b. May 30, 1950
“Any time there are Parisians fighting for more freedom ... I’m with them.”
In 2001 when Bertrand Delanoë was elected mayor of Paris, the city became the world’s largest to have an openly gay mayor. In March 2008, he won reelection.
Delanoë grew up in Tunisia, a French colony at the time. His first political interest came during the Battle of Bizerte. Watching as French soldiers opened fire on Arab citizens, he felt that “an Arab should be equal to a Frenchman.” Delanoë claims it is because of colonialism that he began to identify with the left.
During his days at the Université de Toulouse, where he graduated with a degree in economics, Delanoë became involved in politics and joined the Socialist Party. At the age of 23, he was elected deputy secretary of the Aveyron Socialist Federation. Between 1973 and 2001, Delanoë held various political positions, including national secretary of the Socialist Party and member of the Paris City Council.
As mayor of Paris, Delanoë pushed an agenda for change. In an effort to reduce city traffic and pollution, Delanoë started a low-cost program that encourages Parisians to rent bikes. He worked to provide more affordable housing to encourage economically disadvantaged people to stay in the city.
In October 2002, Delanoë was stabbed. His assailant told police he targeted Delanoë because of his homosexuality.
Despite France’s political tradition of keeping one’s personal life out of the public, Delanoë came out in a French television interview in 1998. In his book, “La vie, passionnément” (“Life, Passionately”) (2004), Delanoë says he made that decision because he thought it could help, even if in a small way, “lighten the burden of secrecy borne by so many people.” On the topic of gay marriage Delanoë writes, “In the name of what can one reject this demand for equality?”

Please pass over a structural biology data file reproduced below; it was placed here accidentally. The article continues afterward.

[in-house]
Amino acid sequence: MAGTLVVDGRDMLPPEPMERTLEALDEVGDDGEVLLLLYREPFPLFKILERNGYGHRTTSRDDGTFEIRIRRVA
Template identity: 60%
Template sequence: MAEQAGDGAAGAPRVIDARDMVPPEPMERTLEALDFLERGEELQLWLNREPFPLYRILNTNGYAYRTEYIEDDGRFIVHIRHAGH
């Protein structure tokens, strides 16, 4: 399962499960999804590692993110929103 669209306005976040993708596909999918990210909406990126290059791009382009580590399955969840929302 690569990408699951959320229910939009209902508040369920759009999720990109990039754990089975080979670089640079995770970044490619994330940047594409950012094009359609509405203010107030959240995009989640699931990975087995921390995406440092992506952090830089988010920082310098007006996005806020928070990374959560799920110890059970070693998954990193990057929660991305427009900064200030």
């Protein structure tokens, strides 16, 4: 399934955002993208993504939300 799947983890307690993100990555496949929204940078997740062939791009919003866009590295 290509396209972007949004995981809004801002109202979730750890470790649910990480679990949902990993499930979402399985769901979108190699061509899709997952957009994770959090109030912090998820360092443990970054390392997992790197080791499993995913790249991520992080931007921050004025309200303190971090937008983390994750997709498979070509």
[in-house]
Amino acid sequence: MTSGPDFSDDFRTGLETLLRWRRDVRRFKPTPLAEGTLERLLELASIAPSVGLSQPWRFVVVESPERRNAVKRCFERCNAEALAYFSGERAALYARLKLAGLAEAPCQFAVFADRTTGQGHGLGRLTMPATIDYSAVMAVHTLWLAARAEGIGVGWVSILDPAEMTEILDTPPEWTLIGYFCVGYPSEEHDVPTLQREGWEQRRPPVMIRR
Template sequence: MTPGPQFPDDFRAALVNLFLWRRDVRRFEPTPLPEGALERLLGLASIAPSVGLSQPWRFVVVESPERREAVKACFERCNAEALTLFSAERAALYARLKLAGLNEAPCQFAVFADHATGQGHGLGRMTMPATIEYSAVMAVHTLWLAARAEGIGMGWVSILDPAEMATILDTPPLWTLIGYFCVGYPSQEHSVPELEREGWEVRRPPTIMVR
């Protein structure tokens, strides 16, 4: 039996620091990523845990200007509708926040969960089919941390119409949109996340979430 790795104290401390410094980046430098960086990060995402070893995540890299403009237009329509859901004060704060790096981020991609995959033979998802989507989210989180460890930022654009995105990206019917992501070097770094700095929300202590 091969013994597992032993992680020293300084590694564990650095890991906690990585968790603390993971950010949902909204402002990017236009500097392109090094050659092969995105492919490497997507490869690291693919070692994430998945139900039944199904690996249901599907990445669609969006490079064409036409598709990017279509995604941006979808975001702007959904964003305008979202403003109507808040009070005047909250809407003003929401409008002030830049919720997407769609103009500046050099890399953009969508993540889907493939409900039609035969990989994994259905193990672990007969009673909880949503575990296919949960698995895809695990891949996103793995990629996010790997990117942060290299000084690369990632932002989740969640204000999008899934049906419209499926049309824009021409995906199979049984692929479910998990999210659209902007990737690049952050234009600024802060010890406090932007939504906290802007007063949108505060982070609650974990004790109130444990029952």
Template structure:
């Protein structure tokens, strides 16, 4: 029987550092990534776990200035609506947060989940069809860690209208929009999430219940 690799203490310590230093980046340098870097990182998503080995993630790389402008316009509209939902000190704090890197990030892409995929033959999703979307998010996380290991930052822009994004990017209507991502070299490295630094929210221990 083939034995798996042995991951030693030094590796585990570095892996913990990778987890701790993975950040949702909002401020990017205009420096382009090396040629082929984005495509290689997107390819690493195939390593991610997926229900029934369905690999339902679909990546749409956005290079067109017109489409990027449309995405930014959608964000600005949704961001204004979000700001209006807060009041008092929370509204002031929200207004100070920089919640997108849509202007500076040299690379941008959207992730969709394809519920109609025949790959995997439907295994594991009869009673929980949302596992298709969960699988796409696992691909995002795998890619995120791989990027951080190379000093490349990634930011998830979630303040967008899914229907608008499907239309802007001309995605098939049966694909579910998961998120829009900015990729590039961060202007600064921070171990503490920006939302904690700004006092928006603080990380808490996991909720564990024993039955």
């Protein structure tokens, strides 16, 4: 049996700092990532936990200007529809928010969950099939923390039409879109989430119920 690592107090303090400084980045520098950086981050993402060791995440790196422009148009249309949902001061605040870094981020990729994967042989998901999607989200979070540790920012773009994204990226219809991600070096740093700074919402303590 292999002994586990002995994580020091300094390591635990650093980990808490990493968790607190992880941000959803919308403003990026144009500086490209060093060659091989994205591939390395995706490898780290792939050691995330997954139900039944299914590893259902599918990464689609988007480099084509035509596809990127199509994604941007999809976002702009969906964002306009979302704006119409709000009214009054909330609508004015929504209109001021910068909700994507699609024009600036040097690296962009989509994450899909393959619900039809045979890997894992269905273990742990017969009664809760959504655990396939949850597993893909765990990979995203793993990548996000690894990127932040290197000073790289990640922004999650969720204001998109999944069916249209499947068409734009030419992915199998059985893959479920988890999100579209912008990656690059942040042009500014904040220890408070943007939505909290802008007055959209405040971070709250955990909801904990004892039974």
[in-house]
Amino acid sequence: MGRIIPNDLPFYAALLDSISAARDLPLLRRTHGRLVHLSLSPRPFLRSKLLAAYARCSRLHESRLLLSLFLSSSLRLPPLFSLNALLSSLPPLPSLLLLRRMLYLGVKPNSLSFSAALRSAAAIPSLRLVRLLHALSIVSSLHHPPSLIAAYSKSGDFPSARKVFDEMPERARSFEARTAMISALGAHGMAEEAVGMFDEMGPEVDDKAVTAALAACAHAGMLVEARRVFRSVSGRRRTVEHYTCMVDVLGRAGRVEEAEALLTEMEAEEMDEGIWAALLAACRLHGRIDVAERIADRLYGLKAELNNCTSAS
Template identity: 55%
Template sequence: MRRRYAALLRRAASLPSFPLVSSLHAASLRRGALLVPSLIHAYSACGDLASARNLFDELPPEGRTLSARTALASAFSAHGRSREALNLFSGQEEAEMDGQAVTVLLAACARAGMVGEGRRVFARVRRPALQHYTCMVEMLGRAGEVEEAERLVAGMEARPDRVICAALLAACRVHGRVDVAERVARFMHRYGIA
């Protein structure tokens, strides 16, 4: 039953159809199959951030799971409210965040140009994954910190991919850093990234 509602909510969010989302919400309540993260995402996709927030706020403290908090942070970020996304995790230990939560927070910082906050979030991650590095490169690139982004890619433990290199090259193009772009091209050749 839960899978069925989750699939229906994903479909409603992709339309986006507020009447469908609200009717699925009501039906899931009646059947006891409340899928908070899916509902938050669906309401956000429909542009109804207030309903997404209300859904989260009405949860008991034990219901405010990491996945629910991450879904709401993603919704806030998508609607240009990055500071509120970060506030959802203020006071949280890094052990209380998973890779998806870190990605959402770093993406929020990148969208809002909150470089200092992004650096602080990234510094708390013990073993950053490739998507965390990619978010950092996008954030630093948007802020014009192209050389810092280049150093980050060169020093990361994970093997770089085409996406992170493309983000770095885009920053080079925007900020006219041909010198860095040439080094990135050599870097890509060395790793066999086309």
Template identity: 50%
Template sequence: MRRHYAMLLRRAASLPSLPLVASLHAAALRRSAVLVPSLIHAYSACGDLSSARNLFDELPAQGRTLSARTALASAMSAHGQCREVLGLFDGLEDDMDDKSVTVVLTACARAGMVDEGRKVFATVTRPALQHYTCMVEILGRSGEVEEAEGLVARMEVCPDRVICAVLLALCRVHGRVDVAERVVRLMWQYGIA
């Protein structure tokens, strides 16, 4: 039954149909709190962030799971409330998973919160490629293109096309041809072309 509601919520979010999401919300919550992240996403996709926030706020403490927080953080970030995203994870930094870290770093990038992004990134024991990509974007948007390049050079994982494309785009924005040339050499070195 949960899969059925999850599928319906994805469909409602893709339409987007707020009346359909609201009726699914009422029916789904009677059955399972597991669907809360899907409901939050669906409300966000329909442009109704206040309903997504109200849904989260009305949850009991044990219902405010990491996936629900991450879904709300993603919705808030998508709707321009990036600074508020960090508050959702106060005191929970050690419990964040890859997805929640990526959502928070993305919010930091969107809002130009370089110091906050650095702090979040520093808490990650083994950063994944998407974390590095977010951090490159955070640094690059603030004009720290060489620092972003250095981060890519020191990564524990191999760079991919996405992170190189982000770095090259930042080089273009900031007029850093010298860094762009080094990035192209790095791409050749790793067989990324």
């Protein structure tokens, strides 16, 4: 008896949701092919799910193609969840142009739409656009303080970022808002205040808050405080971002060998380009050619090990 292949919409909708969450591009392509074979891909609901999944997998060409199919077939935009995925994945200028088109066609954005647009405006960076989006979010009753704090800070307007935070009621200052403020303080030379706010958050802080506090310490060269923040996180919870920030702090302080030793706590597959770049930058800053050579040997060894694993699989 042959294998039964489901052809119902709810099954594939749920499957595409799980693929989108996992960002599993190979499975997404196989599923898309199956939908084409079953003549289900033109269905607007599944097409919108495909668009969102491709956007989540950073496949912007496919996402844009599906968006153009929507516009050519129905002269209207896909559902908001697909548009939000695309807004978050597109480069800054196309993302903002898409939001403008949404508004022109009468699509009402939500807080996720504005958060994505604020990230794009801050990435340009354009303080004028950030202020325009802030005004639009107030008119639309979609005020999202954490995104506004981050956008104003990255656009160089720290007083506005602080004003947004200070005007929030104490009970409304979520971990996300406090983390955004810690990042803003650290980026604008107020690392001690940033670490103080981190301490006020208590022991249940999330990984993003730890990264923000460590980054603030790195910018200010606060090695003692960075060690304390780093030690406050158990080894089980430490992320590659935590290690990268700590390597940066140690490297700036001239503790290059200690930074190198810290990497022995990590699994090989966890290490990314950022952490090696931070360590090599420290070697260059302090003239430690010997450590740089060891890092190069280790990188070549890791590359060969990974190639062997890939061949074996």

Bibliography“Gay Paris Mayor Hits Out at French Homophobia.” Expatica. September 20, 2004
Rapp, Linda. “Delanoë, Bertrand.” GLBTQ: An Encyclopedia of Gay, Lesbian, Bisexual, Transgender, & Queer Culture. 2007
Stevens, Andrew and James Monaghan. “Bertrand Delanoë: Mayor of Paris.” City Mayors. May 29, 2008
Bennhold, Katrin. “A New French Revolution’s Creed: Let Them Ride Bikes.” The New York Times. July 16, 2007.
Lichfield, John. “Politics on Course for a Left Turn in Gay Paree.” The Independent. December 17, 2000.
Pour l’honneur de Paris (For the Honor of Paris) (1999)
La vie, passionnément (Life, Passionately) (2004)
De l’audace! (Audacity!) (2008)
Bertrand Delanoë Website